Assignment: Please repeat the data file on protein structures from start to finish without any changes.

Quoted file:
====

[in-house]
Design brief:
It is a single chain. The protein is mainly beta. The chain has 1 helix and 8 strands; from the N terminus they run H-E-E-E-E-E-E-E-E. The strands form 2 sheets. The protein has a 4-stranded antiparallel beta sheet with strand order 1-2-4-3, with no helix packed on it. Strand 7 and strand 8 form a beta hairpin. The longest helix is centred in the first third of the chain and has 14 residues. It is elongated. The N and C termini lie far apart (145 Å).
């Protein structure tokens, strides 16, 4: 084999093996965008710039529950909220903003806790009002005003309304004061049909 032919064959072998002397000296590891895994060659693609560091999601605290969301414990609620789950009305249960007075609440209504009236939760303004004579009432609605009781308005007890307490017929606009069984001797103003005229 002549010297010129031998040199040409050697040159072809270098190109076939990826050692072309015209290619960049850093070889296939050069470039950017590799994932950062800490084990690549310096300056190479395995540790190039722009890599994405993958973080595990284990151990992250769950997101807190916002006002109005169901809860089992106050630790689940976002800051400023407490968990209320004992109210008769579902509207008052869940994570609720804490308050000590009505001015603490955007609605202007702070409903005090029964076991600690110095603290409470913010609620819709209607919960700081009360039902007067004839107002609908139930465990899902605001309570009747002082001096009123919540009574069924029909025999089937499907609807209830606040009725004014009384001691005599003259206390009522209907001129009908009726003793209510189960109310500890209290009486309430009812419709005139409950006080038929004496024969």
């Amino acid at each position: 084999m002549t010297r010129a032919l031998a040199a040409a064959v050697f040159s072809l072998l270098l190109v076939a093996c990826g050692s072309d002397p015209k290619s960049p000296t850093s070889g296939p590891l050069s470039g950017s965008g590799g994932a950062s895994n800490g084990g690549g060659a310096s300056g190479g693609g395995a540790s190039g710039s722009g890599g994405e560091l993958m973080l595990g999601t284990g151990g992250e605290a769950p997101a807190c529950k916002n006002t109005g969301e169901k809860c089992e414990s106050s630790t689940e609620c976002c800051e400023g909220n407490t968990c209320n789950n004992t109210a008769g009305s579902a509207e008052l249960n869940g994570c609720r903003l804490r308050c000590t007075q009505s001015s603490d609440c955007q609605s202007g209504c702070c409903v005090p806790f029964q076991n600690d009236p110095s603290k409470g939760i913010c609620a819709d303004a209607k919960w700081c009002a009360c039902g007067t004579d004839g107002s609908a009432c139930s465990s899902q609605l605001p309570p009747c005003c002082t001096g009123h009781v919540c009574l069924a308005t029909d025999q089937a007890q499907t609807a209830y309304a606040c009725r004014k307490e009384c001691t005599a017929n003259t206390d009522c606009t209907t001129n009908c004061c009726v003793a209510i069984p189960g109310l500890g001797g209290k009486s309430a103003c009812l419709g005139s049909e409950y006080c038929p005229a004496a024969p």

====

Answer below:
[in-house]
Design brief:
It is a single chain. The protein is mainly beta. The chain has 1 helix and 8 strands; from the N terminus they run H-E-E-E-E-E-E-E-E. The strands form 2 sheets. The protein has a 4-stranded antiparallel beta sheet with strand order 1-2-4-3, with no helix packed on it. Strand 7 and strand 8 form a beta hairpin. The longest helix is centred in the first third of the chain and has 14 residues. It is elongated. The N and C termini lie far apart (145 Å).
């Protein structure tokens, strides 16, 4: 084999093996965008710039529950909220903003806790009002005003309304004061049909 032919064959072998002397000296590891895994060659693609560091999601605290969301414990609620789950009305249960007075609440209504009236939760303004004579009432609605009781308005007890307490017929606009069984001797103003005229 002549010297010129031998040199040409050697040159072809270098190109076939990826050692072309015209290619960049850093070889296939050069470039950017590799994932950062800490084990690549310096300056190479395995540790190039722009890599994405993958973080595990284990151990992250769950997101807190916002006002109005169901809860089992106050630790689940976002800051400023407490968990209320004992109210008769579902509207008052869940994570609720804490308050000590009505001015603490955007609605202007702070409903005090029964076991600690110095603290409470913010609620819709209607919960700081009360039902007067004839107002609908139930465990899902605001309570009747002082001096009123919540009574069924029909025999089937499907609807209830606040009725004014009384001691005599003259206390009522209907001129009908009726003793209510189960109310500890209290009486309430009812419709005139409950006080038929004496024969």
């Amino acid at each position: 084999m002549t010297r010129a032919l031998a040199a040409a064959v050697f040159s072809l072998l270098l190109v076939a093996c990826g050692s072309d002397p015209k290619s960049p000296t850093s070889g296939p590891l050069s470039g950017s965008g590799g994932a950062s895994n800490g084990g690549g060659a310096s300056g190479g693609g395995a540790s190039g710039s722009g890599g994405e560091l993958m973080l595990g999601t284990g151990g992250e605290a769950p997101a807190c529950k916002n006002t109005g969301e169901k809860c089992e414990s106050s630790t689940e609620c976002c800051e400023g909220n407490t968990c209320n789950n004992t109210a008769g009305s579902a509207e008052l249960n869940g994570c609720r903003l804490r308050c000590t007075q009505s001015s603490d609440c955007q609605s202007g209504c702070c409903v005090p806790f029964q076991n600690d009236p110095s603290k409470g939760i913010c609620a819709d303004a209607k919960w700081c009002a009360c039902g007067t004579d004839g107002s609908a009432c139930s465990s899902q609605l605001p309570p009747c005003c002082t001096g009123h009781v919540c009574l069924a308005t029909d025999q089937a007890q499907t609807a209830y309304a606040c009725r004014k307490e009384c001691t005599a017929n003259t206390d009522c606009t209907t001129n009908c004061c009726v003793a209510i069984p189960g109310l500890g001797g209290k009486s309430a103003c009812l419709g005139s049909e409950y006080c038929p005229a004496a024969p």